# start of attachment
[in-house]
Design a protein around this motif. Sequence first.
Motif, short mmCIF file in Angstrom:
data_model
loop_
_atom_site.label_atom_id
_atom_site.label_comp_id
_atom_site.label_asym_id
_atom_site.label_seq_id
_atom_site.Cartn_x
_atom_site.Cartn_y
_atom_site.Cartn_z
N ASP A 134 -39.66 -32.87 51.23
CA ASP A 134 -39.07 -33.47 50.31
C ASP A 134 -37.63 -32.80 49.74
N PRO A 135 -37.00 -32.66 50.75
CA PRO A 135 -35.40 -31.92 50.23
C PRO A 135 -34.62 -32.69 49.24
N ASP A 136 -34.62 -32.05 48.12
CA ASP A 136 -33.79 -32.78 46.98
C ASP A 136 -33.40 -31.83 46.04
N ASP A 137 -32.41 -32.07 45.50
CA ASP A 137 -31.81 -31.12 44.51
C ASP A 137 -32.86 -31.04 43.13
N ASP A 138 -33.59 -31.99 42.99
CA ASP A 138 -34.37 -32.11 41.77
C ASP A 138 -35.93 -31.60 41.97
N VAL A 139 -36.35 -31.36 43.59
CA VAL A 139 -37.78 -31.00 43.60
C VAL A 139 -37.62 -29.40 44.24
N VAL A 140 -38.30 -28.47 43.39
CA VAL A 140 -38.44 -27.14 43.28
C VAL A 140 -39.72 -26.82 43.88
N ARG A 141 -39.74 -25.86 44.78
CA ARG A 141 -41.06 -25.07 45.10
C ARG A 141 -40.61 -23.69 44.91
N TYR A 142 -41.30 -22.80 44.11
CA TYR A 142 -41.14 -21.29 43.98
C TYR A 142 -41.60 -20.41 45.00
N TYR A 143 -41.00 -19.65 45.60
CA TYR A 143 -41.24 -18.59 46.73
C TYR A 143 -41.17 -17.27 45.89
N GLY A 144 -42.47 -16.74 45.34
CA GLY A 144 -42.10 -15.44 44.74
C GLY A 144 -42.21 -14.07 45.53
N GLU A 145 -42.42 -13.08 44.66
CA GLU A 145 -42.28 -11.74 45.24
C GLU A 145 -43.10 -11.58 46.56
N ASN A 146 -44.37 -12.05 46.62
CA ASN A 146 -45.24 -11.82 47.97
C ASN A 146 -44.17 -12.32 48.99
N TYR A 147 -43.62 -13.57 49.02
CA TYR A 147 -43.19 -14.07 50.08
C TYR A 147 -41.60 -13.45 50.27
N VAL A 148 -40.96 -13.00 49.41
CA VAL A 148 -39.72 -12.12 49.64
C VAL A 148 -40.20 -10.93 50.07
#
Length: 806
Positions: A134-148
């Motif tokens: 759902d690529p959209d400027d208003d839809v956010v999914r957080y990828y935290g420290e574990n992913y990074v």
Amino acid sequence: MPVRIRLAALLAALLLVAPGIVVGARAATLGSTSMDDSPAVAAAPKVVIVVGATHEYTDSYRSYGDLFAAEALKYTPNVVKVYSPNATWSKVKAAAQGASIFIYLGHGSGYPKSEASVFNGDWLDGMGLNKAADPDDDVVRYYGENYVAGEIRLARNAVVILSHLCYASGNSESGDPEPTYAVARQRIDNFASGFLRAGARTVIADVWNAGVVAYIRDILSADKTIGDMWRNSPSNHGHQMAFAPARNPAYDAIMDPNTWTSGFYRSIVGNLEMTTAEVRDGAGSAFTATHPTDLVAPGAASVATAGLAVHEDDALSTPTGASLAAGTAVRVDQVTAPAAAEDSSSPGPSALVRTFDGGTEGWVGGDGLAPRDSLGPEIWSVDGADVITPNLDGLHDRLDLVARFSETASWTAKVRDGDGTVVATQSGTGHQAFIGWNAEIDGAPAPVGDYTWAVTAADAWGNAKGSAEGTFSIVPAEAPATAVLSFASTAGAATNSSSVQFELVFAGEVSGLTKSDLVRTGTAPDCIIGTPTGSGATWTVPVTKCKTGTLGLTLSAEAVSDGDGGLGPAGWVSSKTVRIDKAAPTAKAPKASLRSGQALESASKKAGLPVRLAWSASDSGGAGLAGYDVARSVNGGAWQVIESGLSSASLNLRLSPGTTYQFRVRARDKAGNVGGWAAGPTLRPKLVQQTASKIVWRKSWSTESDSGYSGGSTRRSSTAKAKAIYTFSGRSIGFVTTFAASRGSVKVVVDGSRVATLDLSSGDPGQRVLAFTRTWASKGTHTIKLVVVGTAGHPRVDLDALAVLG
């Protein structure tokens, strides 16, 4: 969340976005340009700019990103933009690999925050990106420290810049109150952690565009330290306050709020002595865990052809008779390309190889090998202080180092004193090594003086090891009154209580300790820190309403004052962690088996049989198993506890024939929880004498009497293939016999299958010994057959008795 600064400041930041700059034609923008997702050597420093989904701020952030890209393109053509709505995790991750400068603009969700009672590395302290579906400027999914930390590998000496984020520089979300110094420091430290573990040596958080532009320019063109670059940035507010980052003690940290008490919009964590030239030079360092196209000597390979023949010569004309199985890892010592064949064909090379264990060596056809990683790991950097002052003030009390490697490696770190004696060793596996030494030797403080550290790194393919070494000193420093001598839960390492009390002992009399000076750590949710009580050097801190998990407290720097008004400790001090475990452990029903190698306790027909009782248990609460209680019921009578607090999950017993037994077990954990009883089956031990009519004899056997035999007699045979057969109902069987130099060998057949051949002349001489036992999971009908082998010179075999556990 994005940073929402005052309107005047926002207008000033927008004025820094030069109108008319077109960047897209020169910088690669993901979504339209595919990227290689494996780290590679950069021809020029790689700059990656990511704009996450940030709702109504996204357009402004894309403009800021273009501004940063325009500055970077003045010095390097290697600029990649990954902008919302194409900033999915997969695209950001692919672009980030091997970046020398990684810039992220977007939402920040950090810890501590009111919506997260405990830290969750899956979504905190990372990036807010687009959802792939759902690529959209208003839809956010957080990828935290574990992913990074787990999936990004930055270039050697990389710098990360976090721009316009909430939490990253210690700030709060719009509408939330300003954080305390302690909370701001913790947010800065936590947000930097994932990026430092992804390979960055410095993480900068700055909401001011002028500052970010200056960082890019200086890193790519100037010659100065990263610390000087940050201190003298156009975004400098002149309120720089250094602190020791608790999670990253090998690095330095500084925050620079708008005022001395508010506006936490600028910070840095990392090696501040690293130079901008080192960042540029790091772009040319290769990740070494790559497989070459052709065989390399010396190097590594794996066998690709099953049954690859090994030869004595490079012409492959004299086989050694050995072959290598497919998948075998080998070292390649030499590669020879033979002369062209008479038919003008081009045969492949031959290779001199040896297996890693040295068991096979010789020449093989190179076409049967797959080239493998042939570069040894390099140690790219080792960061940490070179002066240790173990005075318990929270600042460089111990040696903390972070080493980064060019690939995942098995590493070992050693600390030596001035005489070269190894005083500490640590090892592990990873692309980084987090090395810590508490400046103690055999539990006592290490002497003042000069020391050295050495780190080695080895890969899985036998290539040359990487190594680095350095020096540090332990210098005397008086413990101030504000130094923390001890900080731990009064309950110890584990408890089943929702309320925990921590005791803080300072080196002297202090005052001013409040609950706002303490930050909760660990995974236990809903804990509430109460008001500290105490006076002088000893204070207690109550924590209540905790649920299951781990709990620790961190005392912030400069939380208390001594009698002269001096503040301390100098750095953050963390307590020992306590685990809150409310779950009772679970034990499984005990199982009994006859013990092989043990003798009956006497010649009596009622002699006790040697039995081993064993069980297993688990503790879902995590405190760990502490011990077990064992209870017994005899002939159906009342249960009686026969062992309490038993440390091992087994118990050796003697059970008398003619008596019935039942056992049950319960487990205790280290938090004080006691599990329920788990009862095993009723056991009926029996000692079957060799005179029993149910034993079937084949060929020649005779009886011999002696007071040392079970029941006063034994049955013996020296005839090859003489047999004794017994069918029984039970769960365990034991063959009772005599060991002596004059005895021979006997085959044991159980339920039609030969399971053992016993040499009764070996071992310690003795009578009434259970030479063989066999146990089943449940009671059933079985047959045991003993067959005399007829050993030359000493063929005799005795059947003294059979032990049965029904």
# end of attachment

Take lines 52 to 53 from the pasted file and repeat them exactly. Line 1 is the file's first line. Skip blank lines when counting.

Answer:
N TYR A 147 -43.62 -13.57 49.02
CA TYR A 147 -43.19 -14.07 50.08